– Designing constituencies: At least for some issues, a democratic governance structure for a social network like Facebook would probably require representation. This raises the question of how representatives could be elected – how would one design the election mechanisms and design the constituencies? One possibility would be to have one representative per, say, 100.000 users in a designated region. Another possibility would be to use features such as home region or user language as additional criteria for carving out constituencies. One could also imagine a federal structure with regional parliaments, e.g. one for Iceland and one for France, which would be integrated, e.g. through delegates, into an overall structure. In any case, these constituencies should be designed such that “gerrymandering” would not be possible.

– Allocating responsibilities: The questions to be decided about by a democratic Facebook would have to remain within the scope of the legal framework set by different states (in other words, we assume a priority of political democracy). With regard to internal issues, however, there are further questions about who should decide about what. For example, when it comes to working hours and the design of job rotation, there are strong reasons to give employees a say. When it comes to the management of user data, it is mainly users who are concerned. Assuming Facebook remains a business (rather than, say, being turned into a public infrastructure), one could imagine a multi-cameral system, with different chambers for employees, investors, and users (along the lines described for corporations by Isabelle Ferreras). Last but not least: which entity has the final say over how to allocate responsibilities? This question concerns the basic structures of power, and unless the constituents have a say here, one must doubt whether the governance structure as a whole could be called “democratic”.

– Protection of minorities: All democracies have to find ways to protect minorities. Often, this is done by legal mechanisms, or sometimes by ombudspeople who can speak for minorities and mediate in cases of conflicts. Something similar would probably be needed for Facebook, e.g. to protect linguistic minorities.

– Expertise and democracy: For many debates about issues that concern Facebook users, high levels of technical and marketing expertise would be needed; this include the details of how profiles are created, what data is collected, processed, and analyzed for people-based marketing, or questions about the role of “external” data brokers such as LiveRamp. Hence, data scientists and other experts who work at Facebook would probably play an important role in presenting information, explain alternative options, and implementing decisions. Therefore, one would need mechanisms of checks and balances that prevent manipulation or distortion when they insert their expertise – which only other experts can judge – into the democratic process. But these data scientists would still be employees of Facebook, so one might question their independence. One possibility would be to have independent expert bodies as review boards. Or one might consider delegating the design and execution of online deliberation and voting to external bodies, to make sure there can be no manipulation.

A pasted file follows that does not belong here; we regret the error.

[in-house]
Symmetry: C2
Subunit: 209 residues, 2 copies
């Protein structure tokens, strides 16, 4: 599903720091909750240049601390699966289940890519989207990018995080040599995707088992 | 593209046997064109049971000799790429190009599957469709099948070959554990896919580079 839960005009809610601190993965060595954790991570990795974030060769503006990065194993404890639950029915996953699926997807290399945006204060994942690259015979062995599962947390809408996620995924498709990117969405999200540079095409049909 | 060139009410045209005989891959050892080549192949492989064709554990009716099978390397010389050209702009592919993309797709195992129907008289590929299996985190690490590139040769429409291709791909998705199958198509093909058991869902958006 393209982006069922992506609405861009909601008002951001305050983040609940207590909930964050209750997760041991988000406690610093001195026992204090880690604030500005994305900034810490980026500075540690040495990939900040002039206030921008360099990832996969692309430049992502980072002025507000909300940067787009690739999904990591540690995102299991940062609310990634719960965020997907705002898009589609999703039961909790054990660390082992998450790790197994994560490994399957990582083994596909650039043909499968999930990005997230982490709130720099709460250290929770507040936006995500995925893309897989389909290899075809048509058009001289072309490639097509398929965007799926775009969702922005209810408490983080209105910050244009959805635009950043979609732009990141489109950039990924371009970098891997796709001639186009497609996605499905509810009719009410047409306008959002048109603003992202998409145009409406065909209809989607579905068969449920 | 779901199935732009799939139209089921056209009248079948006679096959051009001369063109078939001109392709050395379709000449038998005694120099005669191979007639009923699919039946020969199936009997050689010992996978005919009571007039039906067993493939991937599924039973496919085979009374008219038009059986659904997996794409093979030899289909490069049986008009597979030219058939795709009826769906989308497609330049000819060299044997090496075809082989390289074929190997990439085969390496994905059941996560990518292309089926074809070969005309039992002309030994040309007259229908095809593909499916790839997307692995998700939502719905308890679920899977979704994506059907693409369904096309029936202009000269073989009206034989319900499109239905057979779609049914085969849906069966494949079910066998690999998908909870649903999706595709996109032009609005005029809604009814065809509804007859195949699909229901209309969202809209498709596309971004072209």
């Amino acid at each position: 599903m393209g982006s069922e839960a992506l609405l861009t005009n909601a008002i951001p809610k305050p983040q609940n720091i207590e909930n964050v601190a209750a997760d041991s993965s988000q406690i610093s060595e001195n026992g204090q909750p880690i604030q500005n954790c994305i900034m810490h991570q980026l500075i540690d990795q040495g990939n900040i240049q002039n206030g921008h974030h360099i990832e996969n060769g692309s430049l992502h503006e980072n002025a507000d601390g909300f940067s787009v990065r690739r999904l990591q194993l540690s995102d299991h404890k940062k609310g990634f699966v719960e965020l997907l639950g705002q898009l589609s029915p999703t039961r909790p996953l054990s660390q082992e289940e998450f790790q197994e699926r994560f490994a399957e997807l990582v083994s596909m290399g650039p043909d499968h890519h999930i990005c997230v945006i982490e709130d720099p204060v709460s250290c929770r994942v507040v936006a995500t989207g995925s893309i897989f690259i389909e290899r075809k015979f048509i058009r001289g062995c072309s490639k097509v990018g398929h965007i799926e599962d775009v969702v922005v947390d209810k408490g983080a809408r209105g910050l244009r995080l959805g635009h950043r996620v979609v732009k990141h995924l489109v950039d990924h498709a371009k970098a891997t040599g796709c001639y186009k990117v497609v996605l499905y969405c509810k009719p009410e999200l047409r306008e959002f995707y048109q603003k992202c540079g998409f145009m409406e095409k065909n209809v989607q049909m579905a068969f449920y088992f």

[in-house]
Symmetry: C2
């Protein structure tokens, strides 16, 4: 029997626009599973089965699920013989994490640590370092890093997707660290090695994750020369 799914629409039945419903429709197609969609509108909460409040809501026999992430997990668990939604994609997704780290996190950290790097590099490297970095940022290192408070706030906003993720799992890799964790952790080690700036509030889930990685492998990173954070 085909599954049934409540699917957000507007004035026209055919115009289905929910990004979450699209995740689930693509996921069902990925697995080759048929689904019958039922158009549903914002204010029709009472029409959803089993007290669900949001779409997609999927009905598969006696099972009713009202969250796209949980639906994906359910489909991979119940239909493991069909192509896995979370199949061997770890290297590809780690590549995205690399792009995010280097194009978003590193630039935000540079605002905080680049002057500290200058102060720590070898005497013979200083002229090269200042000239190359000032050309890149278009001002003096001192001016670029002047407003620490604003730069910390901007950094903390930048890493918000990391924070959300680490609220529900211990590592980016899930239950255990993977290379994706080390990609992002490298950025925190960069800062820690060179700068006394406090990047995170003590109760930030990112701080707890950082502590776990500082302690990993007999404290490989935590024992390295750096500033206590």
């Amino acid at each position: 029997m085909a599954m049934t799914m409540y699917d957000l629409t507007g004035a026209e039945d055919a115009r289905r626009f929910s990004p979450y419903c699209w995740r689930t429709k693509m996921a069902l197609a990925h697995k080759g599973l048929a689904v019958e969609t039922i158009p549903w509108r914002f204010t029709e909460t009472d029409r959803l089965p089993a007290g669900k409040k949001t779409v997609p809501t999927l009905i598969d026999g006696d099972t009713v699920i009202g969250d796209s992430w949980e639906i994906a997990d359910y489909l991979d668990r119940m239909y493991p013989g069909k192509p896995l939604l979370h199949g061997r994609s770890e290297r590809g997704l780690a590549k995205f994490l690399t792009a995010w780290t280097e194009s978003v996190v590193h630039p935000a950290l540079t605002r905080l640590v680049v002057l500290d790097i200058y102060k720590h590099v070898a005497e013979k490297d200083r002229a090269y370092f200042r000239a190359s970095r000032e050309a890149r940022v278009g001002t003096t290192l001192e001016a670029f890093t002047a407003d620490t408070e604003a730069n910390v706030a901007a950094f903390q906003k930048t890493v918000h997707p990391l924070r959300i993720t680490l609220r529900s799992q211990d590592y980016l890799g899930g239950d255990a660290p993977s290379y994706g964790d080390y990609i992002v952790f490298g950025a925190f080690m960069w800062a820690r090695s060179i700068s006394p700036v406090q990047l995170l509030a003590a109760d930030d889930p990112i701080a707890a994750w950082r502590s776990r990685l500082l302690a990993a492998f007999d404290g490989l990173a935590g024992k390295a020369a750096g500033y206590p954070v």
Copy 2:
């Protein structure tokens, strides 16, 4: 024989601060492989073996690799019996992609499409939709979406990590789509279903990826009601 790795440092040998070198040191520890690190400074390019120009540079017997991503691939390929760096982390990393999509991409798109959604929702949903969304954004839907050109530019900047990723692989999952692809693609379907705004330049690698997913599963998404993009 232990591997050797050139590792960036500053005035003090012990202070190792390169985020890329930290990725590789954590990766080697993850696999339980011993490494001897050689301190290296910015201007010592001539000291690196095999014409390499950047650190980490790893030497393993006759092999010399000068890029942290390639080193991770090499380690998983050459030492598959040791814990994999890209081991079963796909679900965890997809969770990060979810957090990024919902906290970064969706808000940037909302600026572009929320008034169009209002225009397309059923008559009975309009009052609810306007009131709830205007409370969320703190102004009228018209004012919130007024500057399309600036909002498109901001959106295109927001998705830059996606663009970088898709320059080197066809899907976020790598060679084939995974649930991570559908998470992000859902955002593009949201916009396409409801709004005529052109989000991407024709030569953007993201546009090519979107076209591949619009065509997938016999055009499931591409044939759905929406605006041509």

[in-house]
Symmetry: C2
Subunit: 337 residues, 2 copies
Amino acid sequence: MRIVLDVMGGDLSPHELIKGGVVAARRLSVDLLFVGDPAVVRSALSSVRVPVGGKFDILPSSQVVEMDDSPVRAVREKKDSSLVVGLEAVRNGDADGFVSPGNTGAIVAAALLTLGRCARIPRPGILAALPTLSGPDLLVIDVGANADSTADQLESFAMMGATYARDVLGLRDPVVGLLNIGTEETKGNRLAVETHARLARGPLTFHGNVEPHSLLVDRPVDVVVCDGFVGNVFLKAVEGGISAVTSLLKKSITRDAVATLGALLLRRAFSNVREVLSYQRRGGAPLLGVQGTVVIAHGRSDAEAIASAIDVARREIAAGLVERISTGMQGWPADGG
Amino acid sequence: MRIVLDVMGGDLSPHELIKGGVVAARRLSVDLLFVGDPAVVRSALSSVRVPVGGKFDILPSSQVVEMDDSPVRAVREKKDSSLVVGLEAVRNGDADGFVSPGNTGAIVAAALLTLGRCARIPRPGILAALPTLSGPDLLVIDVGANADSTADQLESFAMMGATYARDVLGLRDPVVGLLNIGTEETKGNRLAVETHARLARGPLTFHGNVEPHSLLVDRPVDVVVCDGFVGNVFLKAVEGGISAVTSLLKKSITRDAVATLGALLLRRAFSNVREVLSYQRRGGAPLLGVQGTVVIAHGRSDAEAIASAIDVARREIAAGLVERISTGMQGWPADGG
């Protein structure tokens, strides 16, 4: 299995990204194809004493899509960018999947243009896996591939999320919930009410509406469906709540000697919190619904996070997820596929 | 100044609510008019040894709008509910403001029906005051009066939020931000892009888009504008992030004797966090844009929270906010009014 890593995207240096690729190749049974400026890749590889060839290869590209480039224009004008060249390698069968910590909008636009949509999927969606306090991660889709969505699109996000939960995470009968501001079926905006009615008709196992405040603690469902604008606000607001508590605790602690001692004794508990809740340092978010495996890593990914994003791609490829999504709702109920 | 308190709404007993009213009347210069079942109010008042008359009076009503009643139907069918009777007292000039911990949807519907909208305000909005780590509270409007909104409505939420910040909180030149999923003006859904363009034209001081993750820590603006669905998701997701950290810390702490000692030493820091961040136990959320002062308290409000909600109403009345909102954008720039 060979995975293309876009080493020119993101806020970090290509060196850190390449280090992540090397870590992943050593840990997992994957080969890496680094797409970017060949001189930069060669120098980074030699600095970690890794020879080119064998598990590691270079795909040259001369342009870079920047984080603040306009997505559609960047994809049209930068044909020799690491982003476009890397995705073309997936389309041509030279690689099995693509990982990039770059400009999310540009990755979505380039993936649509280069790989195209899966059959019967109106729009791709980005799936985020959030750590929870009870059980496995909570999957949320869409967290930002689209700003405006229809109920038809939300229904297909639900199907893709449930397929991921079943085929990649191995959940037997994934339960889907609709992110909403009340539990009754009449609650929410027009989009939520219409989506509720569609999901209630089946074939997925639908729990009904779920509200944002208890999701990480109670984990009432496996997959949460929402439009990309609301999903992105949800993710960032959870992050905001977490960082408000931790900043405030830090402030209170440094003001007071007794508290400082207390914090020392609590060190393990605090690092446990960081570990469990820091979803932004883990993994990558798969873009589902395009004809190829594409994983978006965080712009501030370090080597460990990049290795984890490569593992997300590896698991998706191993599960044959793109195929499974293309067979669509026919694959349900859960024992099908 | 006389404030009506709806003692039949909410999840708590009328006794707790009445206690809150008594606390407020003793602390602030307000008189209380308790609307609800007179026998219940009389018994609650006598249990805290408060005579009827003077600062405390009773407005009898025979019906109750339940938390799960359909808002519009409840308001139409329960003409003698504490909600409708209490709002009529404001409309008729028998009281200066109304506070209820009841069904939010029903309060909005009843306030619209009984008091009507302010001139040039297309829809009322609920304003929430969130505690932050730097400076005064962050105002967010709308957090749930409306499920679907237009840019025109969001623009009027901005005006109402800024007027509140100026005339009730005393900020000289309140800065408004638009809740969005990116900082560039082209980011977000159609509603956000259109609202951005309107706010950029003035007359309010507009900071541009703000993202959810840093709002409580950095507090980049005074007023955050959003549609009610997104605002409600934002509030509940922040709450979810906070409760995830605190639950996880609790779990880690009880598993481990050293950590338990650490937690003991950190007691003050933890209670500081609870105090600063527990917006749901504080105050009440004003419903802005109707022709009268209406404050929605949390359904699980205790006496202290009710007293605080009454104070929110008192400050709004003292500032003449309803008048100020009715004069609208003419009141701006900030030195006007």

As these considerations show, designing a democratic governance structure for an entity like Facebook is not straightforward – but neither is it impossible. Political theory can deliver ideas about mechanisms, while technical expertise is needed to understand the technical challenges and the possibilities of implementation. Thus, this is a case for interdisciplinarity! A second challenge, of course, concerns the transition: how could one develop the kind of political pressure and design transition mechanisms for turning Facebook democratic? We take it, however, that the latter question can only be addressed if reasonable proposals for a democratic governance structure are on the table. Therefore, this is a debate that we need to get started!

 

PS: If readers happen to know about other articles or papers that discuss this topic, please let us know, we have not found any so far!

 

*Both authors work at Technische Universität München. This work has not been externally funded.

 

 

 

Lisa Herzog

I work on various questions at the intersection of economics and philosophy, currently focussing on ethics and organizations and ethics in finance. Methodologically, I sit between many chairs and I have come to like the variety. I think of my work as critical, empirically informed social philosophy.